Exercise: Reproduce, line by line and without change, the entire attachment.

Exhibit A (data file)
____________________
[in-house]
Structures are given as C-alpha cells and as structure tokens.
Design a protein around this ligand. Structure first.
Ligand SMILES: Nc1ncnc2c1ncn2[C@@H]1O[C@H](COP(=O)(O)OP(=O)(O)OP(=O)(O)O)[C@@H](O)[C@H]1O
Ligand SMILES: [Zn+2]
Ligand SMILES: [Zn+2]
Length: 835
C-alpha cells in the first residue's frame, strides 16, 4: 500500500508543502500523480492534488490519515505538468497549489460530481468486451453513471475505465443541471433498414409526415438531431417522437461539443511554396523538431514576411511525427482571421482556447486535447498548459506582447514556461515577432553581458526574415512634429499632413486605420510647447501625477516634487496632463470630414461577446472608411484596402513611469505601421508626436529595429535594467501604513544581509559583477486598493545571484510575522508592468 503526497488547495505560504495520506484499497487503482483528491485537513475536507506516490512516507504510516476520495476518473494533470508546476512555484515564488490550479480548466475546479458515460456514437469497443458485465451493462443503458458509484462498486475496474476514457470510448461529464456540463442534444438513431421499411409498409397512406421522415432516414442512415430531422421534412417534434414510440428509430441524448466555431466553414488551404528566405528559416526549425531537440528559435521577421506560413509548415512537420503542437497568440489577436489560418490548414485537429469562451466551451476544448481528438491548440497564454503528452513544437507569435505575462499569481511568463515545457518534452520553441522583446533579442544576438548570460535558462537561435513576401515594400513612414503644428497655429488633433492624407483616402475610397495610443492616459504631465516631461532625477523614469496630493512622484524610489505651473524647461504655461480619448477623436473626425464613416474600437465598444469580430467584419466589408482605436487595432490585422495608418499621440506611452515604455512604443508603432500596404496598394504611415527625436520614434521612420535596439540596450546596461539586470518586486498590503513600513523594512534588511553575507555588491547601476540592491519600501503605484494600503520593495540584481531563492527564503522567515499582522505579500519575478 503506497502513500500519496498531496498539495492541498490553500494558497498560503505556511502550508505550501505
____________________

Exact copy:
[in-house]
Structures are given as C-alpha cells and as structure tokens.
Design a protein around this ligand. Structure first.
Ligand SMILES: Nc1ncnc2c1ncn2[C@@H]1O[C@H](COP(=O)(O)OP(=O)(O)OP(=O)(O)O)[C@@H](O)[C@H]1O
Ligand SMILES: [Zn+2]
Ligand SMILES: [Zn+2]
Length: 835
C-alpha cells in the first residue's frame, strides 16, 4: 500500500508543502500523480492534488490519515505538468497549489460530481468486451453513471475505465443541471433498414409526415438531431417522437461539443511554396523538431514576411511525427482571421482556447486535447498548459506582447514556461515577432553581458526574415512634429499632413486605420510647447501625477516634487496632463470630414461577446472608411484596402513611469505601421508626436529595429535594467501604513544581509559583477486598493545571484510575522508592468 503526497488547495505560504495520506484499497487503482483528491485537513475536507506516490512516507504510516476520495476518473494533470508546476512555484515564488490550479480548466475546479458515460456514437469497443458485465451493462443503458458509484462498486475496474476514457470510448461529464456540463442534444438513431421499411409498409397512406421522415432516414442512415430531422421534412417534434414510440428509430441524448466555431466553414488551404528566405528559416526549425531537440528559435521577421506560413509548415512537420503542437497568440489577436489560418490548414485537429469562451466551451476544448481528438491548440497564454503528452513544437507569435505575462499569481511568463515545457518534452520553441522583446533579442544576438548570460535558462537561435513576401515594400513612414503644428497655429488633433492624407483616402475610397495610443492616459504631465516631461532625477523614469496630493512622484524610489505651473524647461504655461480619448477623436473626425464613416474600437465598444469580430467584419466589408482605436487595432490585422495608418499621440506611452515604455512604443508603432500596404496598394504611415527625436520614434521612420535596439540596450546596461539586470518586486498590503513600513523594512534588511553575507555588491547601476540592491519600501503605484494600503520593495540584481531563492527564503522567515499582522505579500519575478 503506497502513500500519496498531496498539495492541498490553500494558497498560503505556511502550508505550501505